Despite Namer’s contribution to Canadian ceramics culture, she is largely absent from national craft history. She appears in Gail Crawford’s 2005 book, Studio Ceramics in Canada, and in Serge Fisette’s 1974 Potiers Québécois (Les Arts du Québec). But otherwise, she has almost no presence in publications or on the Internet.
    Musée Rosalie Namer seeks to remedy Namer’s invisibility in the public record through a programme of activity in which artistic practice and art historiography intertwine, unfolding through three overlapping streams of activity: (1) the creation of a series of still life compositions involving food, flowers, and Namer’s pottery from public and private collections; (2) the creation of participatory actions that activate Namer’s pottery; and (3) the creation of an expansive web platform that at once narrates Namer’s life, oeuvre, and contribution to Canadian ceramics culture while documenting our artistic actions with her pottery.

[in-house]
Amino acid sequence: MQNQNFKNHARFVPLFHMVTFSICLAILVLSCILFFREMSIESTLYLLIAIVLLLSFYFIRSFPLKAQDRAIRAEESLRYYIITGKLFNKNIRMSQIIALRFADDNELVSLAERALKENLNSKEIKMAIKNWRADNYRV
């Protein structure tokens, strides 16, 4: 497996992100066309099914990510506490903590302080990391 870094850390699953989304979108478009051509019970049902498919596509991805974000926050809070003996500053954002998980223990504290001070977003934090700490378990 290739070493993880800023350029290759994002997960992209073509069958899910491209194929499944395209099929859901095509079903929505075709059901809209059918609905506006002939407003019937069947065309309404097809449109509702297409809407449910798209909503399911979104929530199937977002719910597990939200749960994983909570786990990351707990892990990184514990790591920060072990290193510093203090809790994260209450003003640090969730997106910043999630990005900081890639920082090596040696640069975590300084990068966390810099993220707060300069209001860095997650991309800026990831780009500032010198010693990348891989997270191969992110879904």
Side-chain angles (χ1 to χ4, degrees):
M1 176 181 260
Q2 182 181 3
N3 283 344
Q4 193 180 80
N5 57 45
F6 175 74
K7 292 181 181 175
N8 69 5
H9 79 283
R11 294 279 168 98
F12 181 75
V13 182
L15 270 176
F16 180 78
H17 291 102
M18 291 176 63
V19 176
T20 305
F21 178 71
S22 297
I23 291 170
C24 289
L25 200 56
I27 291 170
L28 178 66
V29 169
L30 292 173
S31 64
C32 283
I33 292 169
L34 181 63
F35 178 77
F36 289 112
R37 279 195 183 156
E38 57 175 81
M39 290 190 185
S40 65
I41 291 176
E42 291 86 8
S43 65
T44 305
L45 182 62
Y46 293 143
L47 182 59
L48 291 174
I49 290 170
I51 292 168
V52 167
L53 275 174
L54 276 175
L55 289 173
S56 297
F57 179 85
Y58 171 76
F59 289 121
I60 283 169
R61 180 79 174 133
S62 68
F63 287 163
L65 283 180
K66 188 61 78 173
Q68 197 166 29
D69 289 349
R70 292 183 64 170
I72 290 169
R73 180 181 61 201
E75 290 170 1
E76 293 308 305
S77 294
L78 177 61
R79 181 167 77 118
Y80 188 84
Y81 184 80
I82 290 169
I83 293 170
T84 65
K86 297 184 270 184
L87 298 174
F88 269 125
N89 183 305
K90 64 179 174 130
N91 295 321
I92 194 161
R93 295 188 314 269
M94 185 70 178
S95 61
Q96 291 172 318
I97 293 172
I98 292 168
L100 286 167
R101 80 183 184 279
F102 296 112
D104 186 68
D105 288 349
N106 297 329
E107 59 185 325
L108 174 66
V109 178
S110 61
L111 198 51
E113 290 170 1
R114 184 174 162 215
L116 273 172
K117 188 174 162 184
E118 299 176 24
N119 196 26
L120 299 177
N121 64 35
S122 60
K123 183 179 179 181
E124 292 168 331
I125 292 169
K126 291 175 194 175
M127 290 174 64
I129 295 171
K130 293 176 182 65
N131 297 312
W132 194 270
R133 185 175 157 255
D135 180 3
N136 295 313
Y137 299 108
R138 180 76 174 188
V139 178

This project is generously funded through a grant from the Canada Council for the Arts.